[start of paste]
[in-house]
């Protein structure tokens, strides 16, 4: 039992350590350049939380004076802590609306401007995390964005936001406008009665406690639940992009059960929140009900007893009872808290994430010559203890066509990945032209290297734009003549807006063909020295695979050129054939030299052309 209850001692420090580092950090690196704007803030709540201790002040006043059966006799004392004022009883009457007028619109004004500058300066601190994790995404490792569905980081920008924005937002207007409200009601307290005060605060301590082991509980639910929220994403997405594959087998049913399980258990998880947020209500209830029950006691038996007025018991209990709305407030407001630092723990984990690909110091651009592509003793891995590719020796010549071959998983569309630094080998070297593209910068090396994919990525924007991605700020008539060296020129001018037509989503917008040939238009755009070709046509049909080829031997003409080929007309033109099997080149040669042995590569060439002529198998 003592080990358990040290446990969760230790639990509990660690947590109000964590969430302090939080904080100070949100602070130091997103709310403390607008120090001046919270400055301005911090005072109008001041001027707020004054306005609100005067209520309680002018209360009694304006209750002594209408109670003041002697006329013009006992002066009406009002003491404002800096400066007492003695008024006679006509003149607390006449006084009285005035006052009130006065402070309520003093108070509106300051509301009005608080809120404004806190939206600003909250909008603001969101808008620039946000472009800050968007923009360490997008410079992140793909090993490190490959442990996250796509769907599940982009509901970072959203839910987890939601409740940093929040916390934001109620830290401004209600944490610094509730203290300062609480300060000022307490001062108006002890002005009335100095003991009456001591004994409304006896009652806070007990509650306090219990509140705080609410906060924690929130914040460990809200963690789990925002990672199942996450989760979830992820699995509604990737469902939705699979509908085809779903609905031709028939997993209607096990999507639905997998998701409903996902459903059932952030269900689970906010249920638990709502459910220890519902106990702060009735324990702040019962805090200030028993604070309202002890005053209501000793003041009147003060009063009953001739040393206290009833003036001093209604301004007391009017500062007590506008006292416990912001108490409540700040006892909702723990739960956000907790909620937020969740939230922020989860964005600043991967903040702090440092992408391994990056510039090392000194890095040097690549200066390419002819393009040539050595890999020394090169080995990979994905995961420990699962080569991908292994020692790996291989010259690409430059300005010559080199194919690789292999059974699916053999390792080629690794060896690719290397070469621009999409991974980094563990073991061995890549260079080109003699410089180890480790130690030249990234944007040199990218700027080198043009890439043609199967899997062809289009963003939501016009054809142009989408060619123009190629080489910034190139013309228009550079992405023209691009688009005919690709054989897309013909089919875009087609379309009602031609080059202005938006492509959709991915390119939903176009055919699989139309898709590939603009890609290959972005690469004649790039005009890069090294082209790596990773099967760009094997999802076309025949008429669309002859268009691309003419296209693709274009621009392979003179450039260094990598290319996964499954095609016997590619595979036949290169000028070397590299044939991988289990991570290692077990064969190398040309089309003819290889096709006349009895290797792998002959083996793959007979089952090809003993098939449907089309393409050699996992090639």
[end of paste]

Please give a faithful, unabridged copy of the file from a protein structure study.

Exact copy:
[in-house]
């Protein structure tokens, strides 16, 4: 039992350590350049939380004076802590609306401007995390964005936001406008009665406690639940992009059960929140009900007893009872808290994430010559203890066509990945032209290297734009003549807006063909020295695979050129054939030299052309 209850001692420090580092950090690196704007803030709540201790002040006043059966006799004392004022009883009457007028619109004004500058300066601190994790995404490792569905980081920008924005937002207007409200009601307290005060605060301590082991509980639910929220994403997405594959087998049913399980258990998880947020209500209830029950006691038996007025018991209990709305407030407001630092723990984990690909110091651009592509003793891995590719020796010549071959998983569309630094080998070297593209910068090396994919990525924007991605700020008539060296020129001018037509989503917008040939238009755009070709046509049909080829031997003409080929007309033109099997080149040669042995590569060439002529198998 003592080990358990040290446990969760230790639990509990660690947590109000964590969430302090939080904080100070949100602070130091997103709310403390607008120090001046919270400055301005911090005072109008001041001027707020004054306005609100005067209520309680002018209360009694304006209750002594209408109670003041002697006329013009006992002066009406009002003491404002800096400066007492003695008024006679006509003149607390006449006084009285005035006052009130006065402070309520003093108070509106300051509301009005608080809120404004806190939206600003909250909008603001969101808008620039946000472009800050968007923009360490997008410079992140793909090993490190490959442990996250796509769907599940982009509901970072959203839910987890939601409740940093929040916390934001109620830290401004209600944490610094509730203290300062609480300060000022307490001062108006002890002005009335100095003991009456001591004994409304006896009652806070007990509650306090219990509140705080609410906060924690929130914040460990809200963690789990925002990672199942996450989760979830992820699995509604990737469902939705699979509908085809779903609905031709028939997993209607096990999507639905997998998701409903996902459903059932952030269900689970906010249920638990709502459910220890519902106990702060009735324990702040019962805090200030028993604070309202002890005053209501000793003041009147003060009063009953001739040393206290009833003036001093209604301004007391009017500062007590506008006292416990912001108490409540700040006892909702723990739960956000907790909620937020969740939230922020989860964005600043991967903040702090440092992408391994990056510039090392000194890095040097690549200066390419002819393009040539050595890999020394090169080995990979994905995961420990699962080569991908292994020692790996291989010259690409430059300005010559080199194919690789292999059974699916053999390792080629690794060896690719290397070469621009999409991974980094563990073991061995890549260079080109003699410089180890480790130690030249990234944007040199990218700027080198043009890439043609199967899997062809289009963003939501016009054809142009989408060619123009190629080489910034190139013309228009550079992405023209691009688009005919690709054989897309013909089919875009087609379309009602031609080059202005938006492509959709991915390119939903176009055919699989139309898709590939603009890609290959972005690469004649790039005009890069090294082209790596990773099967760009094997999802076309025949008429669309002859268009691309003419296209693709274009621009392979003179450039260094990598290319996964499954095609016997590619595979036949290169000028070397590299044939991988289990991570290692077990064969190398040309089309003819290889096709006349009895290797792998002959083996793959007979089952090809003993098939449907089309393409050699996992090639």